- #1

durant35

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When many worlders describe branching and effects giving rise to multiple worlds they typically invoke Schrodinger cat-type experiments where from a micro state we get a meaningful superposition on a macro level and two distinct worlds.

But the problem with this is when they invoke the infamous "the splitting occurs all the time". Suppose a person tosses a die. This line of thinking implies that there would be six worlds where each outcome is realized.

But as far as we know, tossing a die is a classical process which is fundamentally distinct from a case of micro-macro entanglement. So when it is said - all possible outcomes occur - do they really, and how?

Note that this example doesn't invoke math and I would like to be based strictly on the example of the coin toss that I mentioned - since that example doesn't seem to imply many worlds.The second part of problem is the possibility of worlds where entropy spontaneously decreases. Suppose I have a broken glass. In classical mechanics it is possible for it to reform but you would have to wait a long, long time so the possibility is practically negligible. If the wavefunction is all there is it should also obey the second law of thermodynamics and you would have to wait an extremely long time before you get glasses reforming, no matter what world in the set of the worlds in the theory is in question.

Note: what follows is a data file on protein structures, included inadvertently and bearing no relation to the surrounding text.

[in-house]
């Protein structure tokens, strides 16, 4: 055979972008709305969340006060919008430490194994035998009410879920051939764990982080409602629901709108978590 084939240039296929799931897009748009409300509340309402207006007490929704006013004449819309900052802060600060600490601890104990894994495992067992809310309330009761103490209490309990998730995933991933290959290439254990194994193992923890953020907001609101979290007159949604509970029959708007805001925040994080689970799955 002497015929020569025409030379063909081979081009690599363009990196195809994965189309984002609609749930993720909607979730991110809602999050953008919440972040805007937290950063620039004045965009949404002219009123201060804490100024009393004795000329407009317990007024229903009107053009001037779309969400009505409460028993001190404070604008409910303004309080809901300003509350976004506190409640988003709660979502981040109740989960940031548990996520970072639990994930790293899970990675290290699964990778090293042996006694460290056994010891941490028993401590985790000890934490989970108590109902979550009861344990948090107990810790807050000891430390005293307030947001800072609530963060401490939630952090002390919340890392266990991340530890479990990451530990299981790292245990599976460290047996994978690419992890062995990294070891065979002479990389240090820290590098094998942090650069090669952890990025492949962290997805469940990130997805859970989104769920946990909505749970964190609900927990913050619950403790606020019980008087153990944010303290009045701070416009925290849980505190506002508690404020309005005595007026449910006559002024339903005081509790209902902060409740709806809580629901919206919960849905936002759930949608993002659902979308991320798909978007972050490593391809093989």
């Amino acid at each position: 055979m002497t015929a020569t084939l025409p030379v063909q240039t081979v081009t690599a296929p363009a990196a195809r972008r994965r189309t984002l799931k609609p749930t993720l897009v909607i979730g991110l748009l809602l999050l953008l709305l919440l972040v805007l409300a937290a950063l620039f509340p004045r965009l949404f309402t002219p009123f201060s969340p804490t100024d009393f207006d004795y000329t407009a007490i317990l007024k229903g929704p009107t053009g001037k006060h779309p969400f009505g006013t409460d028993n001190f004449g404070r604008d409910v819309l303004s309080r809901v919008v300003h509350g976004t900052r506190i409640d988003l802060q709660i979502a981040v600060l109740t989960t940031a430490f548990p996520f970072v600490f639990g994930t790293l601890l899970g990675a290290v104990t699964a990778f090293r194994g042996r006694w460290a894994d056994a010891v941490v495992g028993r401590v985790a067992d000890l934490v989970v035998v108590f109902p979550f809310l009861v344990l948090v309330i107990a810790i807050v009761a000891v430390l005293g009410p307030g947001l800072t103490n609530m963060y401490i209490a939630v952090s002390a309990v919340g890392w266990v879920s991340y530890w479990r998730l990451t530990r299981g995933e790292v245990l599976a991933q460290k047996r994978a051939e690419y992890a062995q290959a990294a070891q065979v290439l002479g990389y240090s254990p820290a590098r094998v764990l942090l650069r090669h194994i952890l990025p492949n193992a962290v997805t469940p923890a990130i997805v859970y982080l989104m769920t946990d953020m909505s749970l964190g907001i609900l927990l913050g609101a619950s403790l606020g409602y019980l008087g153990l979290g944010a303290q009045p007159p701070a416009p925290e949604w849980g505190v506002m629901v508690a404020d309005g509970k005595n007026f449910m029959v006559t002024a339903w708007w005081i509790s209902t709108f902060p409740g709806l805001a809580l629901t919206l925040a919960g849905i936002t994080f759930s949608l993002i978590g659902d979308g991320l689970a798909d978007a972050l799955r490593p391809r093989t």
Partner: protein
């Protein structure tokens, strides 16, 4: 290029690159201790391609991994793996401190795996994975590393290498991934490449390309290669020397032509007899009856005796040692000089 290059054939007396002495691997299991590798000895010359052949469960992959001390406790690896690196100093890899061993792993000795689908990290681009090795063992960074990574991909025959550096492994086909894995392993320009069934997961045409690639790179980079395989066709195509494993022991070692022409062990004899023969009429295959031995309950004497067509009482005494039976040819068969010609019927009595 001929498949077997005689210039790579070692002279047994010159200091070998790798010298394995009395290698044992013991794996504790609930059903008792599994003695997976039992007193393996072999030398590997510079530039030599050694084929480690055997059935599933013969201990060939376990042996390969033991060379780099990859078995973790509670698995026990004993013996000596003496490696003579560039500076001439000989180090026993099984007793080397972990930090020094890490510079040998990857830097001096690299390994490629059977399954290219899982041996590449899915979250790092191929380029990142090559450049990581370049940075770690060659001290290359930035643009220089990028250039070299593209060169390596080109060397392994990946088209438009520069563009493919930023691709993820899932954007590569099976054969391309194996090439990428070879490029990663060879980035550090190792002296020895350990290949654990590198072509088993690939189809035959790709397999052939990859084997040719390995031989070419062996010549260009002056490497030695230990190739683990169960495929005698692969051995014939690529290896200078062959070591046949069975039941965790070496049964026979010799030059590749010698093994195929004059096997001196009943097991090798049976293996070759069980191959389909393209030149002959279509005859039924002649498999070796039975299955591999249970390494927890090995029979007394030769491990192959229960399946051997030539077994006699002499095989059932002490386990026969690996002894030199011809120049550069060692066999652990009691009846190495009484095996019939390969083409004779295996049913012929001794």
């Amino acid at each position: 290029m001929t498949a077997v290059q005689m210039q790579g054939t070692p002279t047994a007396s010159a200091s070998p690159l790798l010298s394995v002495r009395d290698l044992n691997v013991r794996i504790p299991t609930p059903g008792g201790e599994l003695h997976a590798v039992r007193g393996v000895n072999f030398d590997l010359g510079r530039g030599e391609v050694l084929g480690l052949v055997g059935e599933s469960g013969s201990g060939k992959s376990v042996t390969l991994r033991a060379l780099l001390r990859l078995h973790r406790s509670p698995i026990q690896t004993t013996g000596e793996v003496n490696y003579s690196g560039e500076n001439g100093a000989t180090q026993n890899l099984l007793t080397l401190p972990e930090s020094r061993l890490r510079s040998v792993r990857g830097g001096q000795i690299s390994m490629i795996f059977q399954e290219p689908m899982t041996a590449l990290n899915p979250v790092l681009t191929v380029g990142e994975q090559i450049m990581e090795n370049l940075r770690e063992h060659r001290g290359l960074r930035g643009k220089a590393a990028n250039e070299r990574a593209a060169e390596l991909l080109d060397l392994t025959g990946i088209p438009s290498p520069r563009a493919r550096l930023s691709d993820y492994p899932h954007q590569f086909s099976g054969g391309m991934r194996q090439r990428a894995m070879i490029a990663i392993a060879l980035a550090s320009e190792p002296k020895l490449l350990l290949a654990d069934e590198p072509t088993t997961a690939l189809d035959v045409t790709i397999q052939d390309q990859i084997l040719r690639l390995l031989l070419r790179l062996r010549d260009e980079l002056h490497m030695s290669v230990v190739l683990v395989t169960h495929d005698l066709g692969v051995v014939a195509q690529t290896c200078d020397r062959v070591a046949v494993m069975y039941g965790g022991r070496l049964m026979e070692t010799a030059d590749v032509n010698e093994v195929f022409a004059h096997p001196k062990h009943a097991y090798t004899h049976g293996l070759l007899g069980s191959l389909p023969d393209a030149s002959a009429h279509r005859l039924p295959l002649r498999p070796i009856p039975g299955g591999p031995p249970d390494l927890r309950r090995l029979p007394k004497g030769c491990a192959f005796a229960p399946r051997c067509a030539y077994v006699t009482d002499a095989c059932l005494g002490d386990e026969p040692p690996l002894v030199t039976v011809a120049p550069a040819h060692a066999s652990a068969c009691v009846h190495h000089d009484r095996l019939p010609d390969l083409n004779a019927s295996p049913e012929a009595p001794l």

But it seemse that due to quantum uncertainty there should be worlds where glasses spontaneously reform all the time, those worlds would be a complete violation of the 2nd law of thermodynamics.

Is this considered a part of the theory or there are no such worlds and all of the worlds must obey the 2nd law of thermodynamics because it would violate Schrodinger's equation if they didn't?

Thanks in advance